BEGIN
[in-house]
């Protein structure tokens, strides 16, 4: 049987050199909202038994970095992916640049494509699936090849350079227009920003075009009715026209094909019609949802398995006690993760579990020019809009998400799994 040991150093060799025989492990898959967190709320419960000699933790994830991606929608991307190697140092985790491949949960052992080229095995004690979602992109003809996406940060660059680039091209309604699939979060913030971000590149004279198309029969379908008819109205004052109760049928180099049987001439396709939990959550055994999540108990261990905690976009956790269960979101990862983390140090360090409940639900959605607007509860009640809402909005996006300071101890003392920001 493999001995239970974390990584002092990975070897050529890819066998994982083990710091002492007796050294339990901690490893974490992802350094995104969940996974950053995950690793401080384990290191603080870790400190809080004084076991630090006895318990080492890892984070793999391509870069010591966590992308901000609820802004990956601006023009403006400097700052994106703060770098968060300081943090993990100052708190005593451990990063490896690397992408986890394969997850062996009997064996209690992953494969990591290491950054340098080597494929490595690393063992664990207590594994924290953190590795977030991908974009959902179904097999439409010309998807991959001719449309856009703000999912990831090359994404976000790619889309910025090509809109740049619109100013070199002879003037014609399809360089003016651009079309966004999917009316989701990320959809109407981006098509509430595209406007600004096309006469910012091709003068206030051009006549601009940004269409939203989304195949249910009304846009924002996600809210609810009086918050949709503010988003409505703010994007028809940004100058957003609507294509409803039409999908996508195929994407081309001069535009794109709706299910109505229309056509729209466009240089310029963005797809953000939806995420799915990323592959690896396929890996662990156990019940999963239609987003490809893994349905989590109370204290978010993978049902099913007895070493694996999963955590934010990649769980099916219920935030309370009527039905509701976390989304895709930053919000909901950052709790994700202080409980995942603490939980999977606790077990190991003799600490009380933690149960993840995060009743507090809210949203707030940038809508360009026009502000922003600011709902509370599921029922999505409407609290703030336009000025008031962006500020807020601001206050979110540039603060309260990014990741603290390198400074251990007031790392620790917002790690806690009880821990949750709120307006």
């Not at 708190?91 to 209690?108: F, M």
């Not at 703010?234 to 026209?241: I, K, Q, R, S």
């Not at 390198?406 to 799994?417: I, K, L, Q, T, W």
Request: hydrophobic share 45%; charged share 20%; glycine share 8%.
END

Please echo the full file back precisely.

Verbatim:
[in-house]
């Protein structure tokens, strides 16, 4: 049987050199909202038994970095992916640049494509699936090849350079227009920003075009009715026209094909019609949802398995006690993760579990020019809009998400799994 040991150093060799025989492990898959967190709320419960000699933790994830991606929608991307190697140092985790491949949960052992080229095995004690979602992109003809996406940060660059680039091209309604699939979060913030971000590149004279198309029969379908008819109205004052109760049928180099049987001439396709939990959550055994999540108990261990905690976009956790269960979101990862983390140090360090409940639900959605607007509860009640809402909005996006300071101890003392920001 493999001995239970974390990584002092990975070897050529890819066998994982083990710091002492007796050294339990901690490893974490992802350094995104969940996974950053995950690793401080384990290191603080870790400190809080004084076991630090006895318990080492890892984070793999391509870069010591966590992308901000609820802004990956601006023009403006400097700052994106703060770098968060300081943090993990100052708190005593451990990063490896690397992408986890394969997850062996009997064996209690992953494969990591290491950054340098080597494929490595690393063992664990207590594994924290953190590795977030991908974009959902179904097999439409010309998807991959001719449309856009703000999912990831090359994404976000790619889309910025090509809109740049619109100013070199002879003037014609399809360089003016651009079309966004999917009316989701990320959809109407981006098509509430595209406007600004096309006469910012091709003068206030051009006549601009940004269409939203989304195949249910009304846009924002996600809210609810009086918050949709503010988003409505703010994007028809940004100058957003609507294509409803039409999908996508195929994407081309001069535009794109709706299910109505229309056509729209466009240089310029963005797809953000939806995420799915990323592959690896396929890996662990156990019940999963239609987003490809893994349905989590109370204290978010993978049902099913007895070493694996999963955590934010990649769980099916219920935030309370009527039905509701976390989304895709930053919000909901950052709790994700202080409980995942603490939980999977606790077990190991003799600490009380933690149960993840995060009743507090809210949203707030940038809508360009026009502000922003600011709902509370599921029922999505409407609290703030336009000025008031962006500020807020601001206050979110540039603060309260990014990741603290390198400074251990007031790392620790917002790690806690009880821990949750709120307006």
């Not at 708190?91 to 209690?108: F, M």
């Not at 703010?234 to 026209?241: I, K, Q, R, S």
């Not at 390198?406 to 799994?417: I, K, L, Q, T, W």
Request: hydrophobic share 45%; charged share 20%; glycine share 8%.